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Brown Warns Of Deep School Cuts If Taxes Rejected

California faces a smaller budget deficit in the coming fiscal year but will require nearly $5 billion in cuts to public education if voters reject Gov. Jerry Brown's plan to raise taxes in the fall, the governor's office said Thursday in releasing its budget proposal for the 2012-13 fiscal year.

For more on Brown's budget proposal, watch Thursday's show.

Evening Edition airs weekdays at 5 PM and 6:30 PM on KPBS TV

The governor's office projected the state's budget deficit for the fiscal year starting July 1 at $9.2 billion, much more manageable than the $26.6 billion deficit the Legislature closed for the current year.

The number was first reported by the Los Angeles Times after the governor's Department of Finance mistakenly posted the budget document online. It has since been removed.

The total general fund budget for the coming year is $92.5 billion, about $7 billion more than the current year.

During the press conference, Brown said of the budget, "This is not nice stuff, but that’s what it takes to balance the budget."

If voters reject those tax increases, Brown's budget says he will call for an automatic cut of $4.8 billion from public education. That is the equal to three weeks of school.

Earlier Thursday, Brown told reporters "there'll be a lot of cuts" if his initiative fails.

To address California's ongoing shortfall, Brown has proposed raising the income tax on those who earn $250,000 or more a year and boosting the state sales tax by a half cent. He is trying to gather support for a November ballot initiative.

"Cuts are never nice, because government does a lot of good things. But we'll have the tax measure proposal, we'll have some cuts, and then we'll have some trigger cuts in the event that the tax measure does not succeed," he said.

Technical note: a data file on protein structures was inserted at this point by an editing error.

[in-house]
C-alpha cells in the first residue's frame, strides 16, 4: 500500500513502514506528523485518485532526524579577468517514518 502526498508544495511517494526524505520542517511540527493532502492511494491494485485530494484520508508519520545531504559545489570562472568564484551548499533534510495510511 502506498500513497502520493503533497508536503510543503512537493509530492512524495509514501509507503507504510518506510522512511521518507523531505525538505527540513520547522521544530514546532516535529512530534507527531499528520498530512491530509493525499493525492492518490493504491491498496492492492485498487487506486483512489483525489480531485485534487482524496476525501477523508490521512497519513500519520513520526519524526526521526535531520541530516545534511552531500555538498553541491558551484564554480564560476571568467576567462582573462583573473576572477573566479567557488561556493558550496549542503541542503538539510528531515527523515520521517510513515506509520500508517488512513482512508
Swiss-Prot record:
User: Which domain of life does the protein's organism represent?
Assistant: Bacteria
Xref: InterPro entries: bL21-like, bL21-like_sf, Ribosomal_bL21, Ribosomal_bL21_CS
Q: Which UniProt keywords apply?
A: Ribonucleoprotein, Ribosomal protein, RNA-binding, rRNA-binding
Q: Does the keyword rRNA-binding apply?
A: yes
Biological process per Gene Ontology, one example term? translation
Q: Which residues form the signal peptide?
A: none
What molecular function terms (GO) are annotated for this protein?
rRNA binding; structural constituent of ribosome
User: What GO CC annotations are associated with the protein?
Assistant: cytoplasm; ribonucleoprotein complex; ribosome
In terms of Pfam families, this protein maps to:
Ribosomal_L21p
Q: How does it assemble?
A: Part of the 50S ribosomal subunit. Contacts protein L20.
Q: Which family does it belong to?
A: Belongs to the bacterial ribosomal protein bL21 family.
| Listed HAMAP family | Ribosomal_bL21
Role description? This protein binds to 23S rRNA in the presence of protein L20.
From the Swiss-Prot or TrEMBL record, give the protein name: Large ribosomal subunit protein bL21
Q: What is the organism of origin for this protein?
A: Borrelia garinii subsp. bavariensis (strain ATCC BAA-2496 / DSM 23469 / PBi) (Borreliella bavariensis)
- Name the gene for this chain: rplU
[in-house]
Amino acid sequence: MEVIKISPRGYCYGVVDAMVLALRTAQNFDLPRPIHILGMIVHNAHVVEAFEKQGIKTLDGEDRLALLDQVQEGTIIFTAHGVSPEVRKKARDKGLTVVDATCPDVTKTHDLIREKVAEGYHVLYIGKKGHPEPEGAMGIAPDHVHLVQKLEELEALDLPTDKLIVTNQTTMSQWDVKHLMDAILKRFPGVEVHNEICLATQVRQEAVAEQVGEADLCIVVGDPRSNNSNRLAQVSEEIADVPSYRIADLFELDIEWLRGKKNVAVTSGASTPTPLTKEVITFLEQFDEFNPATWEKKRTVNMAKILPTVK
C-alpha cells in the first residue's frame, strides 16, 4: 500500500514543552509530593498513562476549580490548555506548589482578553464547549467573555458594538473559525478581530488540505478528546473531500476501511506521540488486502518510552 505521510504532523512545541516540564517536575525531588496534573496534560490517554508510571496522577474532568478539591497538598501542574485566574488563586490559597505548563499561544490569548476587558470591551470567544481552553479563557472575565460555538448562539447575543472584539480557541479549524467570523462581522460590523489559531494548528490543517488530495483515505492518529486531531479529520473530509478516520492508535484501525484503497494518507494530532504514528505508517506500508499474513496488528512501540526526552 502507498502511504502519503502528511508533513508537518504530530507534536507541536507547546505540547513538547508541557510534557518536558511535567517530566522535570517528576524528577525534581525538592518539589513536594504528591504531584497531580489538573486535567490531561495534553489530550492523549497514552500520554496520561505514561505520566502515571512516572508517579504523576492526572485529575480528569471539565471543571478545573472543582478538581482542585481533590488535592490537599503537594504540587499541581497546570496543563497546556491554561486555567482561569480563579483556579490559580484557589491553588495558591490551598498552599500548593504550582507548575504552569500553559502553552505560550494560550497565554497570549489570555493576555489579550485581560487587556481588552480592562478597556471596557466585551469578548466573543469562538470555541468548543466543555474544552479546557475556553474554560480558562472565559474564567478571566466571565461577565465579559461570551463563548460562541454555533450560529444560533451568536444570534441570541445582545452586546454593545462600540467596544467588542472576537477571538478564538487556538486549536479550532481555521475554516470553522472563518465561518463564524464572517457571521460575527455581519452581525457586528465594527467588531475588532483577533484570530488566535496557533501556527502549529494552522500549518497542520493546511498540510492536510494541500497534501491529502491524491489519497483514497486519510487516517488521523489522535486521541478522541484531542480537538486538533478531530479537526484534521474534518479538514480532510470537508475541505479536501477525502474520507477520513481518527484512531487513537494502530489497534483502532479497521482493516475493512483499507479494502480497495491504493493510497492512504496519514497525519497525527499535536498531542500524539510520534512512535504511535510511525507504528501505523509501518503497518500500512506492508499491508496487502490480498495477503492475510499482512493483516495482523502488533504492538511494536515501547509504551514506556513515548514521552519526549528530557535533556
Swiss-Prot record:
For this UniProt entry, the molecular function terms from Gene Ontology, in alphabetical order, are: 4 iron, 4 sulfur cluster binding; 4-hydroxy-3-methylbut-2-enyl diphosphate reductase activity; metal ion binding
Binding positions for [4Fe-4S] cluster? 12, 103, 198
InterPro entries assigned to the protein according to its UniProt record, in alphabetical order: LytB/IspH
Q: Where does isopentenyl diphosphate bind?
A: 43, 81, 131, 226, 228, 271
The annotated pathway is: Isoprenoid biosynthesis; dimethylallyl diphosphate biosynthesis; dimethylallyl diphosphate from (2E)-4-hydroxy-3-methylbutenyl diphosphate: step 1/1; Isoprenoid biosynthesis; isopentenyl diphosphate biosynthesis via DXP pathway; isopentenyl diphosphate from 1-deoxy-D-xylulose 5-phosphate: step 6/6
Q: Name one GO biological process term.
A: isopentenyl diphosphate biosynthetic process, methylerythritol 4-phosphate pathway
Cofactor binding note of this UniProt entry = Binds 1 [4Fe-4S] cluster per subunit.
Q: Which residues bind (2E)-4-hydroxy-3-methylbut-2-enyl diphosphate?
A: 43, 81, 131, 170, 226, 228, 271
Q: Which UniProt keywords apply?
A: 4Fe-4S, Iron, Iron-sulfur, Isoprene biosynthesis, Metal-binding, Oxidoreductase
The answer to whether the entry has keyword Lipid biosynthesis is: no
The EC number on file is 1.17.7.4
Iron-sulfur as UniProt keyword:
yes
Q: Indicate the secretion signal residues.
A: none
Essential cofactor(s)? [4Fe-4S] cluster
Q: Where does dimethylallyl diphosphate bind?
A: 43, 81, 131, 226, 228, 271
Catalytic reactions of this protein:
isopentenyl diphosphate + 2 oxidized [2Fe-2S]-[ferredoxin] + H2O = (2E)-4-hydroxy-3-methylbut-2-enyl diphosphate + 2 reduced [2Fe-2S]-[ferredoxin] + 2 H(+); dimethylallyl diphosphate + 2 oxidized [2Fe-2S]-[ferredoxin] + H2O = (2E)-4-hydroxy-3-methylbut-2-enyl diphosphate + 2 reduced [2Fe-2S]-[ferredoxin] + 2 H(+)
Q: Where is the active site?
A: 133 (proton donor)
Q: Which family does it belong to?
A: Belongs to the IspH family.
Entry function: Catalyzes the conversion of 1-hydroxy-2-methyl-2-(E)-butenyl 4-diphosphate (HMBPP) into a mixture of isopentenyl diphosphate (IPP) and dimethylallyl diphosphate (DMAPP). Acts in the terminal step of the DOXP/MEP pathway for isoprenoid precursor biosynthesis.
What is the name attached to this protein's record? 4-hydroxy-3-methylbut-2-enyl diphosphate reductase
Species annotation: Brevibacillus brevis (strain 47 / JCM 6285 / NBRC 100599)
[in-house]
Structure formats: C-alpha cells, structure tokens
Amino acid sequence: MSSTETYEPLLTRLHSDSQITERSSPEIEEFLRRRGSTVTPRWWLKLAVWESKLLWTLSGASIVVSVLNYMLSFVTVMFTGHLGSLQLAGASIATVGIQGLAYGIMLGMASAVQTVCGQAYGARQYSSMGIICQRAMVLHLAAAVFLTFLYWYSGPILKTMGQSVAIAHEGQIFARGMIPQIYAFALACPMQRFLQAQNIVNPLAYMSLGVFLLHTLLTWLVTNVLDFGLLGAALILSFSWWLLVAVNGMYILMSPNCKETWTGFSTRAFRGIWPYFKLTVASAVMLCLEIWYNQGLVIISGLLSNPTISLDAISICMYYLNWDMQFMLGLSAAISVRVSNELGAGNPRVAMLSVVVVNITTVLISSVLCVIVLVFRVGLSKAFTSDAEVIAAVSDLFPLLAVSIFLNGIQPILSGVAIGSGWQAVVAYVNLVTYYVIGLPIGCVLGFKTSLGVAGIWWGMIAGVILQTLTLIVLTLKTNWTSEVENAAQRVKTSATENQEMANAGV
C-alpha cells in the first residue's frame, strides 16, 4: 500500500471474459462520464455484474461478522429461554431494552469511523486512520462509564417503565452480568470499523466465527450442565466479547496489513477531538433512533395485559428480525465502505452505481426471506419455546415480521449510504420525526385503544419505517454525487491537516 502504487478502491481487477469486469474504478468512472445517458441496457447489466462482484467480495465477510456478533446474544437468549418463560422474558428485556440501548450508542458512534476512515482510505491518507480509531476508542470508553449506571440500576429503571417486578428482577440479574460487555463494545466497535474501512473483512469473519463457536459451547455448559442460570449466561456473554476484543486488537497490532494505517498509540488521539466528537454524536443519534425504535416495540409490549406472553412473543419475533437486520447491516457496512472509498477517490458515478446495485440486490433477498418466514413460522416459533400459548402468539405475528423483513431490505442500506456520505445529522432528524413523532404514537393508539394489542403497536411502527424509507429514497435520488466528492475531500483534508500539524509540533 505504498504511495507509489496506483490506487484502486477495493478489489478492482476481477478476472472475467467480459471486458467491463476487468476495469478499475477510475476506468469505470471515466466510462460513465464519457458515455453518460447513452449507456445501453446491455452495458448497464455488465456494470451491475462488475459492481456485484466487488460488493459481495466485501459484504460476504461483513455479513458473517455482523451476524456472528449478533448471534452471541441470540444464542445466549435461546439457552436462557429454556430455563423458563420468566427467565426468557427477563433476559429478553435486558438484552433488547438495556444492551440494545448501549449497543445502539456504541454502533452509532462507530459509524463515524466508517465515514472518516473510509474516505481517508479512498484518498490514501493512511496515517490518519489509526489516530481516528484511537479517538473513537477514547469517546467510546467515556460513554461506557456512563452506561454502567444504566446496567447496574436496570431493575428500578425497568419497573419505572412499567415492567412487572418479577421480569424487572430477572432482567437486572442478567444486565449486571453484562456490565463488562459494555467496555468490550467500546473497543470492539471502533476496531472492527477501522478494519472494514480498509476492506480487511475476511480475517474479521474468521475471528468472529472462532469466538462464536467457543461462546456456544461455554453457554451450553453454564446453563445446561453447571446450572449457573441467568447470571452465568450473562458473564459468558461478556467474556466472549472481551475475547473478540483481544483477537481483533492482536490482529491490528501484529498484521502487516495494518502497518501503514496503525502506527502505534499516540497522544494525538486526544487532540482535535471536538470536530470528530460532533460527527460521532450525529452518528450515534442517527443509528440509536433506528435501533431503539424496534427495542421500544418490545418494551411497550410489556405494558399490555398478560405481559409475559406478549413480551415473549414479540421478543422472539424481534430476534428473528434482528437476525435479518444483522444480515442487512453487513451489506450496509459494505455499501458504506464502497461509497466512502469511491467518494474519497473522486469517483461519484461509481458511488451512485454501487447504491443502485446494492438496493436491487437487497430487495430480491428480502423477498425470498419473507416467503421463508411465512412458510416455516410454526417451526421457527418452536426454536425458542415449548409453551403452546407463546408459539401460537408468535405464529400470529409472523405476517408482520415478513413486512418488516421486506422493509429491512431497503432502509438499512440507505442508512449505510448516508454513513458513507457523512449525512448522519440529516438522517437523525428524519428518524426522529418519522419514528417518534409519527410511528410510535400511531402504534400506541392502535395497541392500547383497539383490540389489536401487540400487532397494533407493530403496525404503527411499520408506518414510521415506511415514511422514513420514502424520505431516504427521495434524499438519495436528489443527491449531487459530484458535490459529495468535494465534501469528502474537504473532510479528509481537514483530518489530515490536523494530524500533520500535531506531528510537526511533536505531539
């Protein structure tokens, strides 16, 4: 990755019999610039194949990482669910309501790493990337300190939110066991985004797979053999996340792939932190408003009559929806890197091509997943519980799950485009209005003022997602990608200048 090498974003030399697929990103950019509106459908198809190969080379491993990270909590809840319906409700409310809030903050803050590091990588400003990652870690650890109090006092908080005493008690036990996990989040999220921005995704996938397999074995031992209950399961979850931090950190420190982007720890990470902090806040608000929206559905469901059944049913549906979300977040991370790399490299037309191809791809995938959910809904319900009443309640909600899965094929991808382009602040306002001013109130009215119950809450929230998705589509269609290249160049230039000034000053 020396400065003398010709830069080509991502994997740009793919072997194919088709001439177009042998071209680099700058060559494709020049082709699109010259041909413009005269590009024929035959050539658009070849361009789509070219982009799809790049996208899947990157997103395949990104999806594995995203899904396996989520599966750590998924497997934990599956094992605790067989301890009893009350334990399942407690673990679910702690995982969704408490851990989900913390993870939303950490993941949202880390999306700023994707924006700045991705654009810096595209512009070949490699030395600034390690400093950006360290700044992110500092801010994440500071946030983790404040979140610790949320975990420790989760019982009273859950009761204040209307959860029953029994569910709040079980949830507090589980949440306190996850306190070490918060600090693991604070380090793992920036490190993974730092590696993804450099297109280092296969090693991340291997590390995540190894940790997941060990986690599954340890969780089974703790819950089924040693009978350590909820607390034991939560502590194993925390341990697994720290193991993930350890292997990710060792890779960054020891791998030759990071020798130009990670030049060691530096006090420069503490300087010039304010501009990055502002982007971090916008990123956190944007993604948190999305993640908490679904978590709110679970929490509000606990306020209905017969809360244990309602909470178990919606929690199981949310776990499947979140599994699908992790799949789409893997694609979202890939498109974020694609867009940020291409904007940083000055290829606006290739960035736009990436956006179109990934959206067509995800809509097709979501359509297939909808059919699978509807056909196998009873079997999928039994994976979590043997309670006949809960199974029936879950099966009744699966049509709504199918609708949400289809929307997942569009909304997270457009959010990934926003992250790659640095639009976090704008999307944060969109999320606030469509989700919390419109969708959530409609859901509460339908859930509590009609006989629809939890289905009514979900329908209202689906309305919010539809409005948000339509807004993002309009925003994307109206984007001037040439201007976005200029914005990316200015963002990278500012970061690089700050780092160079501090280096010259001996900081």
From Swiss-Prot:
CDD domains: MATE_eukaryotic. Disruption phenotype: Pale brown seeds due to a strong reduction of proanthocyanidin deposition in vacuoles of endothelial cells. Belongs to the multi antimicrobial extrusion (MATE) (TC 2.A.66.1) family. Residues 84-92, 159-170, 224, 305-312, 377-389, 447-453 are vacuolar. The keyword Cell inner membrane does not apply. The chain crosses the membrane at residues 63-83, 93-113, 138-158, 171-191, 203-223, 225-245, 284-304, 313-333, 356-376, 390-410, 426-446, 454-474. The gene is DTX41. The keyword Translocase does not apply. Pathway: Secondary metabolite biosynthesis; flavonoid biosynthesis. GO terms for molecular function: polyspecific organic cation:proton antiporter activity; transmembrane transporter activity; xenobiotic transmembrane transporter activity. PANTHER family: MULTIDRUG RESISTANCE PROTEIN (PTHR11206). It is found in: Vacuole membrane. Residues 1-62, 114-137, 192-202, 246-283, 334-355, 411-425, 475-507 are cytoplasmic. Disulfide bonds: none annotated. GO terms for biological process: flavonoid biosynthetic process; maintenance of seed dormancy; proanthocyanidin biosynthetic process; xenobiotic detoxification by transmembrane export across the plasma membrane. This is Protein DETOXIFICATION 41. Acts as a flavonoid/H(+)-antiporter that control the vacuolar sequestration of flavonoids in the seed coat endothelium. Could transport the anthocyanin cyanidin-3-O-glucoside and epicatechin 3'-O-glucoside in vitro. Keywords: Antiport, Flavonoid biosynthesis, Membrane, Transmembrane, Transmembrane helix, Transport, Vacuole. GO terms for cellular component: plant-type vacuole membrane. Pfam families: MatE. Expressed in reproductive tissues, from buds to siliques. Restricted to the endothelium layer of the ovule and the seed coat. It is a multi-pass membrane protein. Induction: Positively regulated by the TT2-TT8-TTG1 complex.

San Diego school officials reacted by saying they are caught in a familiar bind. If voters approve new tax revenue, teacher layoffs and cuts in class sizes can be averted. But should Brown's bleakest projections come to pass, severe cuts would be needed in the middle of the next school year.

You can view the full budget proposal from the governor's office here. Read the budget summary below:

Governor Brown: 2012-2013 Full Budget Summary

Above: Governor Brown released his budget proposal today, Jan. 5, 2012.

Comments

Avatar for user 'HarryStreet'

HarryStreet | January 5, 2012 at 6:48 p.m. ― 2 years, 8 months ago

And yet we have plenty of money to burn for school board trustees, superintendents, and city contractors for lunches, dinners, drinks, and partying all on taxpayer dollars that could well go to teachers and students.

Gov. Brown, you would do well to have your administration control the spending you have now than threaten cuts.

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Avatar for user 'CaliforniaDefender'

CaliforniaDefender | January 6, 2012 at 2:04 p.m. ― 2 years, 8 months ago

We already have the 3rd highest sales tax in America. Further taxing Californian citizens will put more financial strain on the poor and middle class.

Cuts need to be made to end the structural deficit FIRST before taxes are raised.

Giving Brown and the California Legislature more money simply means they will waste more. As sure as the sun rises, they'll be back again next year with the same "give us more or we're cutting education" threat.

So the answer is no, Jerry.

NO.

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